About Twentynine Palms
The city of Twentynine Palms sits in the Yucca Valley on the north side of the Little San Bernardino Mountains. The boundaries of Joshua Tree National Park extend to the city limits along the south side. The Yucca Valley extends for miles to the east, west and north, dotted with a scattering of houses. The communities of Joshua Tree and Yucca Valley lie further west, and the Marine Corps Air Combat Center occupies a vast area to the north. The desert vegetation surrounding the city is very sparse, dominated by creosote bushes.
Twentynine Palms is named after the palm trees at the Oasis of Mara. When gold miners settled the area in the late 1800s, there were 29 palm trees growing at the oasis. The oasis was a rest stop on the Utah Trail for decades, the town finally being established in the 1920s. The headquarters of Joshua Tree National Park now occupies the Oasis of Mara, and most of the original palm trees are still standing there.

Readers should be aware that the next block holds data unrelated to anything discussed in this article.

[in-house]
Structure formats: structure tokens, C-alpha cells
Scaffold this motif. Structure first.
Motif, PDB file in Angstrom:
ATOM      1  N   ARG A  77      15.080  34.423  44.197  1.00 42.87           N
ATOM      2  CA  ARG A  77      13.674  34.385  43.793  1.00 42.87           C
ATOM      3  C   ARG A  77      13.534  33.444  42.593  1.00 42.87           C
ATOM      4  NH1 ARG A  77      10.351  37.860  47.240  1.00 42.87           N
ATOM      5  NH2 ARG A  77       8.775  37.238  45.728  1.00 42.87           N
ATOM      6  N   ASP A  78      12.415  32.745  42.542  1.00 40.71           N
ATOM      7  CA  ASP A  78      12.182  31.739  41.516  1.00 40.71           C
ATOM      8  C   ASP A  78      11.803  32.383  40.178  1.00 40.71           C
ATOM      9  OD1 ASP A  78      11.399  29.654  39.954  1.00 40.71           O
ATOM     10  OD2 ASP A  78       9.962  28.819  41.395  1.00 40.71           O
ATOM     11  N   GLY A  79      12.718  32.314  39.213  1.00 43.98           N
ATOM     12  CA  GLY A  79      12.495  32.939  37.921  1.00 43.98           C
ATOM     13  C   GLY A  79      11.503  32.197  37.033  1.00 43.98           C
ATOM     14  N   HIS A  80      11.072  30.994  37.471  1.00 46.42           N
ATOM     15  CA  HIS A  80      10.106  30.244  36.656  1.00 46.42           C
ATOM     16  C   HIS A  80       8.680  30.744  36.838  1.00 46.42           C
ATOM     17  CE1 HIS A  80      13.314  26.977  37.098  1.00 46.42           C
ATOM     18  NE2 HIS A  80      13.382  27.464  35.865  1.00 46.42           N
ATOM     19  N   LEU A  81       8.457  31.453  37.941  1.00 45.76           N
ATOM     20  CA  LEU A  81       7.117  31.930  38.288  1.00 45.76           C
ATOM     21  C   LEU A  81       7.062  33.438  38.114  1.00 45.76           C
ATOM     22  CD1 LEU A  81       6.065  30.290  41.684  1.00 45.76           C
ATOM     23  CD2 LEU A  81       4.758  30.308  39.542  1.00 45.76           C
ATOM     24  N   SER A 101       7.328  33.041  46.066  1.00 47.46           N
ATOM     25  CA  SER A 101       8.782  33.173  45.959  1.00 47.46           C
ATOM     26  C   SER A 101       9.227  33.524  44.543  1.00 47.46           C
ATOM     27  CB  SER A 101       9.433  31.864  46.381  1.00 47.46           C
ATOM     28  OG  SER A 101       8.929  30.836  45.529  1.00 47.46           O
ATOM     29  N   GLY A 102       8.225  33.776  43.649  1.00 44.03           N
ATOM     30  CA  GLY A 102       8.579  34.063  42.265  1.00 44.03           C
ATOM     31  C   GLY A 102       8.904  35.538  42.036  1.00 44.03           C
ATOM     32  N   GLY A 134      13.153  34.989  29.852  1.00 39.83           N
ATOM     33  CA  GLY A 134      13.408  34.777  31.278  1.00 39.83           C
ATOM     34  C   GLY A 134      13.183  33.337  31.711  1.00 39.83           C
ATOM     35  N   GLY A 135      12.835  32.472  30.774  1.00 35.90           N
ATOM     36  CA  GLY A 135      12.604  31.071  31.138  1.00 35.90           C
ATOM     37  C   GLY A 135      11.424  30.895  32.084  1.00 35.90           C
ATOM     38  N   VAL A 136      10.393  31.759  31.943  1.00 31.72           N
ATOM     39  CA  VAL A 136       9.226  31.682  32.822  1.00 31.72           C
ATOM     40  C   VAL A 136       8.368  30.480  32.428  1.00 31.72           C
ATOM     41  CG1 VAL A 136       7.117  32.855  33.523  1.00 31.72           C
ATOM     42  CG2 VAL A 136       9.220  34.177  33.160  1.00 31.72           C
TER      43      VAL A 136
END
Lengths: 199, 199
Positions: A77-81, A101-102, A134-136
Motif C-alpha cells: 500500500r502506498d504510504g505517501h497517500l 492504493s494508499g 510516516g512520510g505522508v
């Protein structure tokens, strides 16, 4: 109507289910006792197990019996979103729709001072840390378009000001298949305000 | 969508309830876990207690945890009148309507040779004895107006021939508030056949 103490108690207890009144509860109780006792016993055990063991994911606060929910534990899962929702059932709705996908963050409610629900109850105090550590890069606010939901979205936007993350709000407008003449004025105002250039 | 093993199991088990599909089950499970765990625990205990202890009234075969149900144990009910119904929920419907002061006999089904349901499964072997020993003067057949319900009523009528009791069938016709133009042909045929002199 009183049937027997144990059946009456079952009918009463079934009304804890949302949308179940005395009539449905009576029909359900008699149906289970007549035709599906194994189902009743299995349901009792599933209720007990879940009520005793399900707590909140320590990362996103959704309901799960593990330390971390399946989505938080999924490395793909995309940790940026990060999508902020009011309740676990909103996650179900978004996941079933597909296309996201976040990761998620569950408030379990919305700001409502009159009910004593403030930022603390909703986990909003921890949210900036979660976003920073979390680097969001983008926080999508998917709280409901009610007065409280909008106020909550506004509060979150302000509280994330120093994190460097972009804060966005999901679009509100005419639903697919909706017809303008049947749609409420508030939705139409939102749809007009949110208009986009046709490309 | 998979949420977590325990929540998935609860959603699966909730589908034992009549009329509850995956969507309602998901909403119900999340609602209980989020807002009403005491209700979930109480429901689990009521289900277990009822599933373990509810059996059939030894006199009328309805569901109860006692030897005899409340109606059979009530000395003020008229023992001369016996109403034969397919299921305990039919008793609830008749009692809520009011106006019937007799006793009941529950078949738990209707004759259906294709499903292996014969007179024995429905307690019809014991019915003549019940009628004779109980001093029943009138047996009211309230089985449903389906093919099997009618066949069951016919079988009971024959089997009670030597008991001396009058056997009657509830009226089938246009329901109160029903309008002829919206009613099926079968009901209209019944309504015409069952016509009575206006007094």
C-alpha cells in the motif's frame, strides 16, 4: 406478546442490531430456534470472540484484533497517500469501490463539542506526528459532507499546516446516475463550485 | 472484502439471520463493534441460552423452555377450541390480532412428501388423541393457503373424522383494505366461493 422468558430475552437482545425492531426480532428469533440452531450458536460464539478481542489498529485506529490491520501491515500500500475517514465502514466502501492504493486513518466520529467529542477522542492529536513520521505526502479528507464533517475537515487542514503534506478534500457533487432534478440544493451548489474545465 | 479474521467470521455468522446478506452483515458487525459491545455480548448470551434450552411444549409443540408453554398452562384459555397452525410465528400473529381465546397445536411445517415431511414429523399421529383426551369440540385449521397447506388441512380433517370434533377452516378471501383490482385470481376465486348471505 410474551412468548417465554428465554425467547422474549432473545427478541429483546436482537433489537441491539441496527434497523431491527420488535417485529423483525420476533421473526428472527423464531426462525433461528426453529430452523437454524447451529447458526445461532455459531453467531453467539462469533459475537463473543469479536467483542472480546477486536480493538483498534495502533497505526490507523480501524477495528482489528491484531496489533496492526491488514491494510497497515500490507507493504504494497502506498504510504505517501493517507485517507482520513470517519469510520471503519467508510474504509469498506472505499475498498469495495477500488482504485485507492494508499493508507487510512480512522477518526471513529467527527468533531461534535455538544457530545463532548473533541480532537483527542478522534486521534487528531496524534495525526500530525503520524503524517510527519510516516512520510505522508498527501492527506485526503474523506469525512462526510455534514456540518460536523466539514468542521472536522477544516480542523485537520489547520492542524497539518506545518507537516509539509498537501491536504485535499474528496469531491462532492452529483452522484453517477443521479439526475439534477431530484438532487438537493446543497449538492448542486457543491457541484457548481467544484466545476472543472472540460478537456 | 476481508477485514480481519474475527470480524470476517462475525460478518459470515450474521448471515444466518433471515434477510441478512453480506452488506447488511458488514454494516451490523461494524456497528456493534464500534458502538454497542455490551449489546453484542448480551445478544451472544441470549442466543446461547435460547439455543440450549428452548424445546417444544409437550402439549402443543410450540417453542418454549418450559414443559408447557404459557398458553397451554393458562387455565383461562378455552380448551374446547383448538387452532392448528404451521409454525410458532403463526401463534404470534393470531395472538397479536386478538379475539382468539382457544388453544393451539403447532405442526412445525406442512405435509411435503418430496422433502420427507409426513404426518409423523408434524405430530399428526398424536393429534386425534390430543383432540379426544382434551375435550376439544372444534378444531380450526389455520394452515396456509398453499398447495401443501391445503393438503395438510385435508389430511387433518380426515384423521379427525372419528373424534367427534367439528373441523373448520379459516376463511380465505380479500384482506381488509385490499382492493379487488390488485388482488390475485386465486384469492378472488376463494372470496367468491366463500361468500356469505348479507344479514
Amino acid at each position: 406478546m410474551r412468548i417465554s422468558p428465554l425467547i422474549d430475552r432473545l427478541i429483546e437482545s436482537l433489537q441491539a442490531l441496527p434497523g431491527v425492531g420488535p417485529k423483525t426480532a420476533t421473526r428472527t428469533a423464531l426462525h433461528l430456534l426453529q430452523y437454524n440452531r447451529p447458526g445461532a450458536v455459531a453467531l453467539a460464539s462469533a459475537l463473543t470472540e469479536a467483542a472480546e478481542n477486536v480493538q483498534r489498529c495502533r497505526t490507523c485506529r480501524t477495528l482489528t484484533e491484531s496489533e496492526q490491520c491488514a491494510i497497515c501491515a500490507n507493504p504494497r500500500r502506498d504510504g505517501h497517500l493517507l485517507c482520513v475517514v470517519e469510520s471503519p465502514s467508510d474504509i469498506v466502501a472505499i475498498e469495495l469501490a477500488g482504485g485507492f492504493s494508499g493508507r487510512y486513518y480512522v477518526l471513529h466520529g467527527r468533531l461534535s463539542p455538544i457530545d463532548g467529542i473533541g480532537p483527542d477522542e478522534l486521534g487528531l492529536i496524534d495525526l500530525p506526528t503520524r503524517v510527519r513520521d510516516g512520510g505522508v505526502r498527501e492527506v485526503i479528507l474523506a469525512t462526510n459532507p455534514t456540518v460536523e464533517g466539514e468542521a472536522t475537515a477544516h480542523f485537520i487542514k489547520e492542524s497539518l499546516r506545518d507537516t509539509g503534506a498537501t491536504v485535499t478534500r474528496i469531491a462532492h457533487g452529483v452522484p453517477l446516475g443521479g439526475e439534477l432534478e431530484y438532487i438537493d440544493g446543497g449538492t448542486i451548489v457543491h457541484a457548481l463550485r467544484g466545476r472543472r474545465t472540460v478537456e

The Twentynine Palms Marine Corps Base was established in 1952, and has been the core of the area's economy.
State Highway 62 passes east-west through Twentynine Palms, being the main street of the town and called the Twentynine Palms Highway. Adobe Road is the main north-south route, and it leads straight north to the entrance to the military base. The core of the town is at the intersection of these two roads. Further out, the town becomes scattered, with patches of empty desert separating the subdivisions. Numerous other main road criss-cross the area on a one-mile grid. Amboy Road leaves town on the northeast and connects to Historic Route 66 to the north.